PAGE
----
Thursday 4 February 2016

Awwww, Don’t Cry! You’re The Real Victim, Aren’t You?

A young mum wept as a court heard she had stolen from an elderly widow to keep her home.
*sighs* Here we go again…
Selwyn Shapiro, prosecuting the case at Bournemouth Crown Court, said the elderly woman relied upon Manser for a range of tasks, including withdrawing her retirement pension from a Post Office account.
As a result, the defendant, 27 (Ed: some ‘young mum’!)- who was at that time employed by a private caring company - had access to the account and a PIN number.
"The solicitor was doing her duties when she noticed in a bank statement a series of withdrawals," Mr Shapiro said.
"As a result of that, a police investigation started and the account studied more carefully.
"In fact, it was found that on occasion the account had been emptied by reason of those withdrawals."
And, of course, she then threw herself on the mercy of the courts.
Manser was arrested and interviewed, telling police she had withdrawn funds from the Post Office account on 17 occasions.
On 14 of those, the defendant deliberately took more than required by the victim, pocketing the excess.
"She said in her person life that she was struggling with huge debts that had spiralled out of control," Mr Shapiro said.
"She was on the verge of losing her rented property."
All of the stolen funds were spent on the defendant's rent, it was said.
So? If she’d splurged on haircuts and holidays, what difference would that have made? Theft is theft!
Mitigating for Manser, Guy Draper said: "She understands that this was the wrong thing to do and she took advantage of a vulnerable old lady."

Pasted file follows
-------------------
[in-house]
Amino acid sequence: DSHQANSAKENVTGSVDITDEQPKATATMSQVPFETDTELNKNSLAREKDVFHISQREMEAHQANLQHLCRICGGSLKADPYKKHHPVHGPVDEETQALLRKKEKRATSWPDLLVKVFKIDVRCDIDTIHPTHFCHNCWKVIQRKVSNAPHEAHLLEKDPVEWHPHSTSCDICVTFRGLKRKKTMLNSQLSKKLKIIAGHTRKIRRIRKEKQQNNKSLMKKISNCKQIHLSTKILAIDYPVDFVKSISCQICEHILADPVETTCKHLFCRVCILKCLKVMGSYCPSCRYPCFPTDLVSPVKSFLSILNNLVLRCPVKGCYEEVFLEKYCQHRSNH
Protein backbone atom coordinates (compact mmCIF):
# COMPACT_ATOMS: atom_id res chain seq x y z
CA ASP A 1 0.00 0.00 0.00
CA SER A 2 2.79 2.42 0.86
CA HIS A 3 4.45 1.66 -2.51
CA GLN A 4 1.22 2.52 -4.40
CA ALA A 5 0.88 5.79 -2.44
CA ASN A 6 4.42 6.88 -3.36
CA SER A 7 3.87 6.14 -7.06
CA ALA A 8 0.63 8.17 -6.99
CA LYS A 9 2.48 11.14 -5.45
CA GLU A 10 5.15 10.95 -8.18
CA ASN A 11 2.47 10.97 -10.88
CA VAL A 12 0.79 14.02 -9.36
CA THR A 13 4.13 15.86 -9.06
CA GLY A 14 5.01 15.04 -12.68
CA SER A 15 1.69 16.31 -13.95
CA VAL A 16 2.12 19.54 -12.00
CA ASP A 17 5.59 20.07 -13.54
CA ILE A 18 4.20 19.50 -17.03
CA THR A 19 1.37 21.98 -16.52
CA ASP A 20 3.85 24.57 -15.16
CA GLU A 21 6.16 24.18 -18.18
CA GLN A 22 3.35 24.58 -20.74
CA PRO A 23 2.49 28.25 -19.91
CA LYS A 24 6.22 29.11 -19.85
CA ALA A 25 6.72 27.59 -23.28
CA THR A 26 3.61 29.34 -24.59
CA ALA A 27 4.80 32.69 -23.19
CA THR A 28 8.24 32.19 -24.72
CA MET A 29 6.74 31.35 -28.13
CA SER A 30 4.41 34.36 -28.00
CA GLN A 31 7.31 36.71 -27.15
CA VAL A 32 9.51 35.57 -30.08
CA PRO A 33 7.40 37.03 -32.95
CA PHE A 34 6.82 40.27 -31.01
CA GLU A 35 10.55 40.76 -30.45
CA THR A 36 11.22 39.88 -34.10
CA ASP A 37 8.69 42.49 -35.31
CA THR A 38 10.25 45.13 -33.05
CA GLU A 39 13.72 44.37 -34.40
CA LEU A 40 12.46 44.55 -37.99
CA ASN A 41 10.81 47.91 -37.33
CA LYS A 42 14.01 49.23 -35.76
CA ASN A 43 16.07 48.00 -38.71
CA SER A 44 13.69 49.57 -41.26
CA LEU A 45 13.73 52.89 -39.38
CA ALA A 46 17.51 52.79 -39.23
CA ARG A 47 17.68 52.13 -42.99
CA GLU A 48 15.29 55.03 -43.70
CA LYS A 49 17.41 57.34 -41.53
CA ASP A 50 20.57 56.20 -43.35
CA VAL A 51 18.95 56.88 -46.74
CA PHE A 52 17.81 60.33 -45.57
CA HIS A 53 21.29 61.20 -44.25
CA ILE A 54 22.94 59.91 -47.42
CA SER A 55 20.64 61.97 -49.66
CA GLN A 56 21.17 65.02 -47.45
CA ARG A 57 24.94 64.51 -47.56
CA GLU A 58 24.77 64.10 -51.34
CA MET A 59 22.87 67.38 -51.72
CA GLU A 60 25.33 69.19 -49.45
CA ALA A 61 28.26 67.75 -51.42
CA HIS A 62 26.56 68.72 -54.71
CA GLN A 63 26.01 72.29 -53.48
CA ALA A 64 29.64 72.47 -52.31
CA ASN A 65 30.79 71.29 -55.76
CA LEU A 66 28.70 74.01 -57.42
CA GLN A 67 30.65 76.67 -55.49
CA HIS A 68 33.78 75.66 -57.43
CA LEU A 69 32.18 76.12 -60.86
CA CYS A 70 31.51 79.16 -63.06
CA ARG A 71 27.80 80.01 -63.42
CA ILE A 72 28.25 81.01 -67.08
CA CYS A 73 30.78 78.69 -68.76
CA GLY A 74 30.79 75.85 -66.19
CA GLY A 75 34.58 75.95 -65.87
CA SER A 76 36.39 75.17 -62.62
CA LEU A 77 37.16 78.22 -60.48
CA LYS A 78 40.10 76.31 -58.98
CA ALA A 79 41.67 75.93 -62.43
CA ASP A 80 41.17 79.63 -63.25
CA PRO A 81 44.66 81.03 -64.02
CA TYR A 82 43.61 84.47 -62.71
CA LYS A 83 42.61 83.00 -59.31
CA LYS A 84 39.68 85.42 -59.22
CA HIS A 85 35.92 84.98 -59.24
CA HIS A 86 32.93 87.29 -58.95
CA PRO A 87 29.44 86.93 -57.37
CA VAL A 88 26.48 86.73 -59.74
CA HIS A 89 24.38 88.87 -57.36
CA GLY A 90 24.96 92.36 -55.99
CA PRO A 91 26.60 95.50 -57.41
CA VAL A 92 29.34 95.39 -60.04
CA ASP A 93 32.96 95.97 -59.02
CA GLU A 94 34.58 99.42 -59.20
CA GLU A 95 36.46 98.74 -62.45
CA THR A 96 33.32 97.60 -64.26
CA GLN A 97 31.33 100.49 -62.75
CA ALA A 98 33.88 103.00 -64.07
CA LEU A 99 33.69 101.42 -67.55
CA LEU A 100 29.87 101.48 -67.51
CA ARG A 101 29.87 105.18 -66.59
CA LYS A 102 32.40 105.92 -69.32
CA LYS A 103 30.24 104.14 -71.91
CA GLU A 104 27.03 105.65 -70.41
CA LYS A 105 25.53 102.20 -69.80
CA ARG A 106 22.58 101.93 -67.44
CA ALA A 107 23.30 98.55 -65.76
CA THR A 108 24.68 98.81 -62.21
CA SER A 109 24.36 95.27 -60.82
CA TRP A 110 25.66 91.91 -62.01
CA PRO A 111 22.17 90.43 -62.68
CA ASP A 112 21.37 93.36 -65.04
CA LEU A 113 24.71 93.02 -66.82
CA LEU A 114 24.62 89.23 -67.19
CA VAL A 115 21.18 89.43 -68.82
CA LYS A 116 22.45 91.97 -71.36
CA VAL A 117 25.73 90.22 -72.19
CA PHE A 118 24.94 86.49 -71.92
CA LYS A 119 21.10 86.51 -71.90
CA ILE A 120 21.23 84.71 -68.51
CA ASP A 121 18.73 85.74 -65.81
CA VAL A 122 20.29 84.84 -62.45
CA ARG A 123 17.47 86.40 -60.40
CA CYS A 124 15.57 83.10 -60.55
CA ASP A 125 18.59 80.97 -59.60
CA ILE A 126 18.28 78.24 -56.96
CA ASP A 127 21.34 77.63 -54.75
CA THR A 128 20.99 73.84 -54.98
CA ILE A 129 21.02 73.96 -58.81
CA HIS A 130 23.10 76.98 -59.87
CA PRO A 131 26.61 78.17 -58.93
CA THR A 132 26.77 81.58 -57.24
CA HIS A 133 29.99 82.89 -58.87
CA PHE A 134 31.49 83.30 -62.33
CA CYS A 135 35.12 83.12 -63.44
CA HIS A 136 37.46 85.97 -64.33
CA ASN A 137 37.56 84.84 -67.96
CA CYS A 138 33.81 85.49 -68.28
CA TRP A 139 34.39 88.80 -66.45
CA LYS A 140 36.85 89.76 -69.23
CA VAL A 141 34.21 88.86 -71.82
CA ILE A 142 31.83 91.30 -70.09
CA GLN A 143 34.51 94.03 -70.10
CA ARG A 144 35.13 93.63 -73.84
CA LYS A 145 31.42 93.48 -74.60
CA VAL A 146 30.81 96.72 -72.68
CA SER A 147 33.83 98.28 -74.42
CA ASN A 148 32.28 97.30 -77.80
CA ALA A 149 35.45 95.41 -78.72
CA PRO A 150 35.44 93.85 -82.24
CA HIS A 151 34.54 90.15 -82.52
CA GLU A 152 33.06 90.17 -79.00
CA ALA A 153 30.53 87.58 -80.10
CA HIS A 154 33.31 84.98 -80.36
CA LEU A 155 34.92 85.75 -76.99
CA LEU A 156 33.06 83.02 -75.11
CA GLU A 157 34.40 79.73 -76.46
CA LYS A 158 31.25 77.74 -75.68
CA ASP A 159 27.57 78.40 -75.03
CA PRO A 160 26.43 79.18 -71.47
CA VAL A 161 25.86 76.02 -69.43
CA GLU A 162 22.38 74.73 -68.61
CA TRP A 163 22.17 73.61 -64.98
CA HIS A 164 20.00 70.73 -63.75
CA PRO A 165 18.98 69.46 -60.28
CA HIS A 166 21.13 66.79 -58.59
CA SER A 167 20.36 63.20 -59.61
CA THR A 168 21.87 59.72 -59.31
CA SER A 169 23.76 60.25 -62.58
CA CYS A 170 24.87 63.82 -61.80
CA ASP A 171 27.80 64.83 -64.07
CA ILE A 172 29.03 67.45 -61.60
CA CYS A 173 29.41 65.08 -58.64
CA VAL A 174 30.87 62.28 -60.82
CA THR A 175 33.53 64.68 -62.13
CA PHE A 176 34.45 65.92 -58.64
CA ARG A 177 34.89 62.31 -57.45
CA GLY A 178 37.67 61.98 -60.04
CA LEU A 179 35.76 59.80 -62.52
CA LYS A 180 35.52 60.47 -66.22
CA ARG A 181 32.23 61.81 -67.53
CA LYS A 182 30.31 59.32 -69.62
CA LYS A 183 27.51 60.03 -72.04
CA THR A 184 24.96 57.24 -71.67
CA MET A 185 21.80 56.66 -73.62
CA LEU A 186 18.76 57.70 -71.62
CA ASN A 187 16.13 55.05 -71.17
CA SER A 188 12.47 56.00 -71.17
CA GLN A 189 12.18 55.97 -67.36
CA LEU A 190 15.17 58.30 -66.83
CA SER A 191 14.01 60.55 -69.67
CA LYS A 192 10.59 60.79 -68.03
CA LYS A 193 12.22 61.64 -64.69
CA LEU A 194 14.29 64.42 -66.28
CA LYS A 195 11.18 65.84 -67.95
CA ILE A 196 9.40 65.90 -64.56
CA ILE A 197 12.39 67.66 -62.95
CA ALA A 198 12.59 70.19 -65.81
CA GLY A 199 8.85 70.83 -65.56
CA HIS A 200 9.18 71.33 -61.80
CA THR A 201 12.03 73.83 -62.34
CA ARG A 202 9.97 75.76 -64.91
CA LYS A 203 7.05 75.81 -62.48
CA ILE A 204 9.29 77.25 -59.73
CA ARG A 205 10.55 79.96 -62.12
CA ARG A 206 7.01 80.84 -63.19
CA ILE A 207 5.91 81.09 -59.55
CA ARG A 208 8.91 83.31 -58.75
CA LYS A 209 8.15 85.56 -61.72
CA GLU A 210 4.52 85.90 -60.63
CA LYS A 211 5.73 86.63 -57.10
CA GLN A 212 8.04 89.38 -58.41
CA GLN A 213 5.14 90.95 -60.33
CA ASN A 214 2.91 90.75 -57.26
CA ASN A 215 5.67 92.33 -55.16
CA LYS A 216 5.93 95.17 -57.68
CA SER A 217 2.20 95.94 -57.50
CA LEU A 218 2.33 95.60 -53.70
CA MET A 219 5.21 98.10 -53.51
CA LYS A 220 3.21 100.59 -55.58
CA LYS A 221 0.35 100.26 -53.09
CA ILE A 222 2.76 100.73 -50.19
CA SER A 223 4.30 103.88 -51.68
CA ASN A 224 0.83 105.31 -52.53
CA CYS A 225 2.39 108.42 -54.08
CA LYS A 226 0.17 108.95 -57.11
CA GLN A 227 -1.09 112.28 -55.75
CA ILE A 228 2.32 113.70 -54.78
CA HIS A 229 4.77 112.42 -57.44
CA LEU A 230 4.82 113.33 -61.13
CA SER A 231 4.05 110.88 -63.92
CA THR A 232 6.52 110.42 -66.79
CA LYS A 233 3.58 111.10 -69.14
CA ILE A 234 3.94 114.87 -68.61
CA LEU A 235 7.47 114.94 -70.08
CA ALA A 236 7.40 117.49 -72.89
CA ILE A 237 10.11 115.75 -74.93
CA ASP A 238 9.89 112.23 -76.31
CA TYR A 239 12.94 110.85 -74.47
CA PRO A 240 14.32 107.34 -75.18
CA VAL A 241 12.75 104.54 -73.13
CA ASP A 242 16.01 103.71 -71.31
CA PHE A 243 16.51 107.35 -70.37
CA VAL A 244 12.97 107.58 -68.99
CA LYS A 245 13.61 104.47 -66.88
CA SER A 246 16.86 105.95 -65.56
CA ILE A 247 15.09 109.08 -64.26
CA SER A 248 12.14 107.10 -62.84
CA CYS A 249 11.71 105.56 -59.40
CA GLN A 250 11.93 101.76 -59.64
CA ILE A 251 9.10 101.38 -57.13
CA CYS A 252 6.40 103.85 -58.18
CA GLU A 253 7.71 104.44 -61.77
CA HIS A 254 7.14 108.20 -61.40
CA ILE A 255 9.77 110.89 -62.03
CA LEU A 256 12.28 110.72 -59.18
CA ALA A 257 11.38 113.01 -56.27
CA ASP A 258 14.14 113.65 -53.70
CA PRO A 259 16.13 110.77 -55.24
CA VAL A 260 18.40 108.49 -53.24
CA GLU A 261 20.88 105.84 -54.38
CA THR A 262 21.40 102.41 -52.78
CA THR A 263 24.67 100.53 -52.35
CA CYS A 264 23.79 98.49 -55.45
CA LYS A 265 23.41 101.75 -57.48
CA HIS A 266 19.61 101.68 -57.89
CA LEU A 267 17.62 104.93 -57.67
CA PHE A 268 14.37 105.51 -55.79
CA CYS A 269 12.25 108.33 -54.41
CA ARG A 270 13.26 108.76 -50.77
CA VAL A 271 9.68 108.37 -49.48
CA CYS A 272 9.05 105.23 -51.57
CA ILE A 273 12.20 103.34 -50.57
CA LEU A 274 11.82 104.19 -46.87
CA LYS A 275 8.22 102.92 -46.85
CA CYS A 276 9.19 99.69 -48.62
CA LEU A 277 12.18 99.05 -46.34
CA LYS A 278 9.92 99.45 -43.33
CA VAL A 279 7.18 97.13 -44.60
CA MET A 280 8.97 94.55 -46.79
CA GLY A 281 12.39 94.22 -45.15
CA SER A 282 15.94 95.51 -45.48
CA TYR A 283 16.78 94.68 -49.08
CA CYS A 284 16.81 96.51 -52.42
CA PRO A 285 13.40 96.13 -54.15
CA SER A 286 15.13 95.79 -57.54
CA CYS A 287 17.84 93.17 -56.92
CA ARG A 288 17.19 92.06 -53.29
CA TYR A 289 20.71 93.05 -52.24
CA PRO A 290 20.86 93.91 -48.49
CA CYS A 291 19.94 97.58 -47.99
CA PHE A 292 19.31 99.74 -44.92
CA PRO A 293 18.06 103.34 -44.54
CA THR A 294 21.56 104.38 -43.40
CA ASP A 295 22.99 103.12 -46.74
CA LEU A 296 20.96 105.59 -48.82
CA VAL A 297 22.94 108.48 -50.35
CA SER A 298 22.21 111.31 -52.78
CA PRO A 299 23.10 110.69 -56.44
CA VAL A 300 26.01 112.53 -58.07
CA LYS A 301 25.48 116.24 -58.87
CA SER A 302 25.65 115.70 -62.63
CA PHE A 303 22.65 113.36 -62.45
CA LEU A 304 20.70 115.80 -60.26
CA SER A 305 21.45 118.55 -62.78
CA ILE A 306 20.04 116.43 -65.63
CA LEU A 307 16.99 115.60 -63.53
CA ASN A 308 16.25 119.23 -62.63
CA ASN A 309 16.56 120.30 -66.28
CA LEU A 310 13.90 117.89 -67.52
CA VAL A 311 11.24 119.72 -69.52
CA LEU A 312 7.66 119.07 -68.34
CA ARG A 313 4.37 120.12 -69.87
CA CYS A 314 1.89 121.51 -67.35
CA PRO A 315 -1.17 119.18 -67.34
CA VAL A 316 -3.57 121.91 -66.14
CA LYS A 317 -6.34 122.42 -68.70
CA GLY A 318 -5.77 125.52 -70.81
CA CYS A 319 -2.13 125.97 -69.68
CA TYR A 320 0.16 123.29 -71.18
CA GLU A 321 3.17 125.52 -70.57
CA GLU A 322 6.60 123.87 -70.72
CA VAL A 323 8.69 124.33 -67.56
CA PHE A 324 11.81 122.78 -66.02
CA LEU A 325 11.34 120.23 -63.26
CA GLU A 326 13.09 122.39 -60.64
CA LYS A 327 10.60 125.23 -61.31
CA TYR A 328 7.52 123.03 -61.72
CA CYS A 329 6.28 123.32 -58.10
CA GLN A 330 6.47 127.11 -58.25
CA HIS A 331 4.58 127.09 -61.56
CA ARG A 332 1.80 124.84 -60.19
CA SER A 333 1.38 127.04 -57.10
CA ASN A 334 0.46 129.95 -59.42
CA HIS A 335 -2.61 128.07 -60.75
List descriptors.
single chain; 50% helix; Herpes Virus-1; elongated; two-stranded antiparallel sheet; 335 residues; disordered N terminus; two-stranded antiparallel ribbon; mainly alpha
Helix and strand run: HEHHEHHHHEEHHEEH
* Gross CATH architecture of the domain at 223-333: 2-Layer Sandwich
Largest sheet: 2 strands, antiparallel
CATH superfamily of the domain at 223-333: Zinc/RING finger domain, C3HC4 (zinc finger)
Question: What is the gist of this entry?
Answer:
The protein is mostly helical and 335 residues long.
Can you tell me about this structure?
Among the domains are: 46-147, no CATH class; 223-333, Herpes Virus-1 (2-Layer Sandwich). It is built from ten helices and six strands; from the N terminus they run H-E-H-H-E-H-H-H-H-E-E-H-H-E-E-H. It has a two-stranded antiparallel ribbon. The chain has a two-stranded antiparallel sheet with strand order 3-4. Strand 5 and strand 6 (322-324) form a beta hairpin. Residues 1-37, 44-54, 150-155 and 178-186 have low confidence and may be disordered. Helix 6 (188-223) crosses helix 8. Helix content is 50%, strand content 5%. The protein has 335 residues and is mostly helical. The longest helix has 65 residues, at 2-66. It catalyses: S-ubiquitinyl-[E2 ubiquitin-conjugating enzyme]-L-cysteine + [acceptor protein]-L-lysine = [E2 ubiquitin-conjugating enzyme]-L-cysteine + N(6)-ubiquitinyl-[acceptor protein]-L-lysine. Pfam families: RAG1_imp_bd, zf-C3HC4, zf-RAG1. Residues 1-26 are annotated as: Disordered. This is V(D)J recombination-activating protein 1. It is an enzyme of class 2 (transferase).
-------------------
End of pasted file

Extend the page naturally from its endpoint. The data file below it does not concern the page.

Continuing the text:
He said Manser had demonstrated "full remorse", adding: "She found herself in financial dire straits.
"She took an opportunity born of desperation to keep her family afloat. She is a sole carer for a young daughter."
Mr Draper described the offending as an "aberration", and said Manser has lost her job as a result of the court proceedings and is currently in receipt of £143 a fortnight in benefits.
Good! Who wants to employ a known thief?
Manser, who admitted theft by employee on her first appearance before magistrates, was spared prison by Judge Jonathan Fuller.
However, the judge told her: "This was a wicked and mean offence.
"The victim is 92, lives alone, has recently been widowed and lacks the mental capacity to look after her own affairs."
However, Judge Fuller conceded Manser's personal circumstances also make her vulnerable to a degree. The defendant was sentenced to 12 months in prison suspended for two years and an activity requirement of 25 days.
Judge Fuller told Manser: "This is an exceptional course but entirely justified in your circumstances."


Rickie said...

The landlord said it was entirely justified in her circumstances too.

Andy said...

I gave up my job and left my house empty to care for my mother when she was widowed. It was unthinkable that she would be dumped in a granny farm, or otherwise left at the mercies of so called care companies. She has morning and evening visits from carers who are paid minimum wage on zero hours contracts. That means the carers may be open to temptation, my experience is that the carers tend to care while the company only cares about profits. This must be a very rare occurrence, and ought to have carried a heavier penalty to discourage others.

James Higham said...

How does one "throw" oneself? What, literally?

JuliaM said...

"The landlord said it was entirely justified in her circumstances too."


"It was unthinkable that she would be dumped in a granny farm..."

Indeed! What else is the purpose of the family unit?

"How does one "throw" oneself? What, literally?"

Off a cliff, if I had my way.